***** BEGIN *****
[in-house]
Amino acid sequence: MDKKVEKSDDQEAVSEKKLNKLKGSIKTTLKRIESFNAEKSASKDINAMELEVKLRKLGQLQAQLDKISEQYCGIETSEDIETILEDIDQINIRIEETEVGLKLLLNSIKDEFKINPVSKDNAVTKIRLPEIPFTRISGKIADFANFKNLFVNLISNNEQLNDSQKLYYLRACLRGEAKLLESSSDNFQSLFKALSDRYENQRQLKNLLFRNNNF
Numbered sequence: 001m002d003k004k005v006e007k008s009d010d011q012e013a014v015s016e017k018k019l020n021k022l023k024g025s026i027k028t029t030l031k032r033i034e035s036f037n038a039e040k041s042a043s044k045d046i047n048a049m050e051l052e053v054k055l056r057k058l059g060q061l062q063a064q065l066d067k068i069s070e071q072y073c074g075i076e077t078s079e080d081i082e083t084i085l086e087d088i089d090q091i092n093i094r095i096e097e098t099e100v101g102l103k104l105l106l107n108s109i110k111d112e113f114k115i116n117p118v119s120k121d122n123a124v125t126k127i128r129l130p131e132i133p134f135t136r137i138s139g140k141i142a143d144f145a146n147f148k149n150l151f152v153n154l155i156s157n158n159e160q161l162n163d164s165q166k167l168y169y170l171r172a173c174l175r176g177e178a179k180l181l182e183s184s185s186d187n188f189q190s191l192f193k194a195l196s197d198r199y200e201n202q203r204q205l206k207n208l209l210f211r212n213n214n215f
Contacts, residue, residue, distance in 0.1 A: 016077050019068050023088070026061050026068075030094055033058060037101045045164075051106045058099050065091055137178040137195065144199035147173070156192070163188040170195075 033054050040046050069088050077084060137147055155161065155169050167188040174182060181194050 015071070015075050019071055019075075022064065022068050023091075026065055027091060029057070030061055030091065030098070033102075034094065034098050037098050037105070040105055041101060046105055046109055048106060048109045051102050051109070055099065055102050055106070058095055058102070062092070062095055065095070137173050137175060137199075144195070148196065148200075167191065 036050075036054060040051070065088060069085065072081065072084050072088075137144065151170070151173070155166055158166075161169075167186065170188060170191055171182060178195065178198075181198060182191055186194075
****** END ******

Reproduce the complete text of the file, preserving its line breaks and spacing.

[in-house]
Amino acid sequence: MDKKVEKSDDQEAVSEKKLNKLKGSIKTTLKRIESFNAEKSASKDINAMELEVKLRKLGQLQAQLDKISEQYCGIETSEDIETILEDIDQINIRIEETEVGLKLLLNSIKDEFKINPVSKDNAVTKIRLPEIPFTRISGKIADFANFKNLFVNLISNNEQLNDSQKLYYLRACLRGEAKLLESSSDNFQSLFKALSDRYENQRQLKNLLFRNNNF
Numbered sequence: 001m002d003k004k005v006e007k008s009d010d011q012e013a014v015s016e017k018k019l020n021k022l023k024g025s026i027k028t029t030l031k032r033i034e035s036f037n038a039e040k041s042a043s044k045d046i047n048a049m050e051l052e053v054k055l056r057k058l059g060q061l062q063a064q065l066d067k068i069s070e071q072y073c074g075i076e077t078s079e080d081i082e083t084i085l086e087d088i089d090q091i092n093i094r095i096e097e098t099e100v101g102l103k104l105l106l107n108s109i110k111d112e113f114k115i116n117p118v119s120k121d122n123a124v125t126k127i128r129l130p131e132i133p134f135t136r137i138s139g140k141i142a143d144f145a146n147f148k149n150l151f152v153n154l155i156s157n158n159e160q161l162n163d164s165q166k167l168y169y170l171r172a173c174l175r176g177e178a179k180l181l182e183s184s185s186d187n188f189q190s191l192f193k194a195l196s197d198r199y200e201n202q203r204q205l206k207n208l209l210f211r212n213n214n215f
Contacts, residue, residue, distance in 0.1 A: 016077050019068050023088070026061050026068075030094055033058060037101045045164075051106045058099050065091055137178040137195065144199035147173070156192070163188040170195075 033054050040046050069088050077084060137147055155161065155169050167188040174182060181194050 015071070015075050019071055019075075022064065022068050023091075026065055027091060029057070030061055030091065030098070033102075034094065034098050037098050037105070040105055041101060046105055046109055048106060048109045051102050051109070055099065055102050055106070058095055058102070062092070062095055065095070137173050137175060137199075144195070148196065148200075167191065 036050075036054060040051070065088060069085065072081065072084050072088075137144065151170070151173070155166055158166075161169075167186065170188060170191055171182060178195065178198075181198060182191055186194075